In large family households, there is little money at the end of the month. It’s hard enough to cover the basics, let alone live comfortably. People have to shop second hand stores. They consume inferior quality food, as better quality food is more expensive. It’s even not uncommon for children to go to be hungry.
According to NoKidHungry, 1 in 5 kids in America don’t get the food that they need every day. 3 out of 4 teachers say their students regularly come to school hungry. This is in America people.
The Child Care Burden
One of the biggest burdens that many families face is that of child care -what to do with your child while you’re off to work?
Some people have the luxury of having a younger retired parent to watch over a child. Kudos to you folks. But the rest of us don’t have that luxury. Today, the average two-parent family household in the 80th percentile makes $85,000 a year. The median 50th percentile makes $51,939 in 2013. That’s seems a bit low for my area, but okay. They spend 20% of their budget (about $1,000 each month) on child care. If you live closer to the city, that number could ratchet up to $2,000 each month.
Child care is so expensive that some parents choose to stay home over going to work. I asked some people in my community about their current child care experiences. This is what they had to share:
In Connecticut, Tricia R., and her husband share:
“We pay about $1900 for three kids for childcare. That includes preschool cost and a babysitter that comes to our house from 8-4 every weekday.”
Outside the Boston area, Rosa D. and her husband share:
“We pay $1,200/month for 3 days full-time (for an infant). If we were to pay for 5 full days, the cost would go up to about $1,750/month. We also have an after-school care cost of about $600/month (Valentina needs to go somewhere when school gets out at 2 pm. That program is 5 days/week for 4 hours a day).”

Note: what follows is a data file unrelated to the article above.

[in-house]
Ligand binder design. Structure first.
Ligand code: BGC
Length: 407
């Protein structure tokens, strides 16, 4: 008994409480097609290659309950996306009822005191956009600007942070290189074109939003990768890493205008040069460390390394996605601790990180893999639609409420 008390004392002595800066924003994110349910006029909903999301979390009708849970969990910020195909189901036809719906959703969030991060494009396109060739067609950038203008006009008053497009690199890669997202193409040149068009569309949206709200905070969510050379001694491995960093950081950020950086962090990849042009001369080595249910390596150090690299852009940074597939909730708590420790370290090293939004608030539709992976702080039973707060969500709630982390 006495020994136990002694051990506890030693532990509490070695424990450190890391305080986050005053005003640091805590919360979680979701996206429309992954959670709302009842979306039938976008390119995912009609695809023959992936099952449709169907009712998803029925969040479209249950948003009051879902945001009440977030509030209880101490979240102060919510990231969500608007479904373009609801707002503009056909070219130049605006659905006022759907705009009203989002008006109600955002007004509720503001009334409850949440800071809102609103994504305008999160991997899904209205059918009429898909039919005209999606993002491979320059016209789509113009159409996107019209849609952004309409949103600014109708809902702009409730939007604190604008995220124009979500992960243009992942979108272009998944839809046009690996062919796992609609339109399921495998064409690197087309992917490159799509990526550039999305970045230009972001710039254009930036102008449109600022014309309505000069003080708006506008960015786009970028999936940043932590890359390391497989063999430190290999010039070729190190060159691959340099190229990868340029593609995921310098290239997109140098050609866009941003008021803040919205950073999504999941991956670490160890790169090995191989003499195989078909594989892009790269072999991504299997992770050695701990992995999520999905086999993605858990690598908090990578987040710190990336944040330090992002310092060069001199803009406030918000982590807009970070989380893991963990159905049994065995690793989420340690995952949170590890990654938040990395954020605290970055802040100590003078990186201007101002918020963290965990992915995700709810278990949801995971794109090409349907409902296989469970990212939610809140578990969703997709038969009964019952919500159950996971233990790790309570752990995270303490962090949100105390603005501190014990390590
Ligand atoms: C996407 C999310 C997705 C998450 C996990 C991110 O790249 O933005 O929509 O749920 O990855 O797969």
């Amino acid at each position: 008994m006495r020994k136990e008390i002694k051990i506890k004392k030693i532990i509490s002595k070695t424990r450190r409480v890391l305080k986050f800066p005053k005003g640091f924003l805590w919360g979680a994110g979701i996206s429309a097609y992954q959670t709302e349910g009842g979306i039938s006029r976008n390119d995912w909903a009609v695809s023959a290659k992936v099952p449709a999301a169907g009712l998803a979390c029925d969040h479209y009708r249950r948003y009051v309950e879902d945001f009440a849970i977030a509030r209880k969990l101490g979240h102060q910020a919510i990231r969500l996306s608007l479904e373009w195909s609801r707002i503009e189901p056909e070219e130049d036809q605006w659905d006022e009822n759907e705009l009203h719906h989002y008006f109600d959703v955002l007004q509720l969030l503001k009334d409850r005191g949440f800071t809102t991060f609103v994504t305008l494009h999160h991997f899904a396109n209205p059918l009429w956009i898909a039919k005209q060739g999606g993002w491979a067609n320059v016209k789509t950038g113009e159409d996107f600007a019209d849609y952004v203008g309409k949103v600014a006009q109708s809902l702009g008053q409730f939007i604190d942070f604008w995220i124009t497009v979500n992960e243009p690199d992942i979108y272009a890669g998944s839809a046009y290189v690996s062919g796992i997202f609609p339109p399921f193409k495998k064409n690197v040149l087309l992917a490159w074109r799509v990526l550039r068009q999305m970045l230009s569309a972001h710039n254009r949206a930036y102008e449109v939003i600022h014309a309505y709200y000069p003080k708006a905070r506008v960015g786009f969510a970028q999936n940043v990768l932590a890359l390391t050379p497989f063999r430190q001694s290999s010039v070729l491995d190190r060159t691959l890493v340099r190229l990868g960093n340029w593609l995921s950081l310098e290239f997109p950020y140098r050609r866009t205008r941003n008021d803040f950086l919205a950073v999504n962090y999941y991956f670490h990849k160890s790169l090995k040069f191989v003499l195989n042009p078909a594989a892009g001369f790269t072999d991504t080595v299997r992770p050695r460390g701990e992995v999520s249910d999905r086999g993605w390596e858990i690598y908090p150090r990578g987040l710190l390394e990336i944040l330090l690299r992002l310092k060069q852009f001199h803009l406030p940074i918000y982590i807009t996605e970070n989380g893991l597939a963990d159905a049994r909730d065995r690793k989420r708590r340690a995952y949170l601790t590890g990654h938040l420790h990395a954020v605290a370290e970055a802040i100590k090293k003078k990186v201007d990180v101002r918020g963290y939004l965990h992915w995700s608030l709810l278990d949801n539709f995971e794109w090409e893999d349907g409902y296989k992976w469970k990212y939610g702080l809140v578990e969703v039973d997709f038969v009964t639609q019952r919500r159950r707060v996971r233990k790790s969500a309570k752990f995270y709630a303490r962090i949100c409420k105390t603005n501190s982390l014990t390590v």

In Connecticut, Dave S. and his wife share:
“This is depressing… it’s $1,865 per month for one child full time for us.”
In Connecticut, Miriam R. shares:
“My son is starting middle school so we’re finally done w day care/before care. He was in daycare full time from 16 weeks old and I would guesstimate to say we’ve spent upwards of $75,000 on daycare in the last 12 years. Until he was 3 we paid $1100 per month using a daycare. After that it hovered around $900 till he reached before care which we used all of grammar school.”
Eric B. in Connecticut sought out an in-home daycare to keep costs down. He and his wife share:
“My wife and I have our one child in full-time daycare. It’s an in-home daycare here in town. We pay $45 a day, and pre-pay monthly just to keep it easy. I have no problem with the cost. It’s only like 4 kids, and the woman who runs it is the best. She gets a few weeks paid vacation a year. Ends up around $1000/month.”
If having a large family is important to you, that’s awesome. Go for it. It just takes some planning. Find out how much it will cost to raise a child. I’d never advise anyone that they couldn’t afford more children. That’s nobody’s business.
However, I feel that as young adults, we simply don’t have the financial maturity to make it work. Financial hardship is serious and it takes its toll on any family. All it takes is an unexpected event to unravel everything. This is where a financial planner can help. A good financial planner can help you plan for the future with the money you have.
Are you looking to add children to your future? Are you making financial strides to prepare? I’d love to hear your thoughts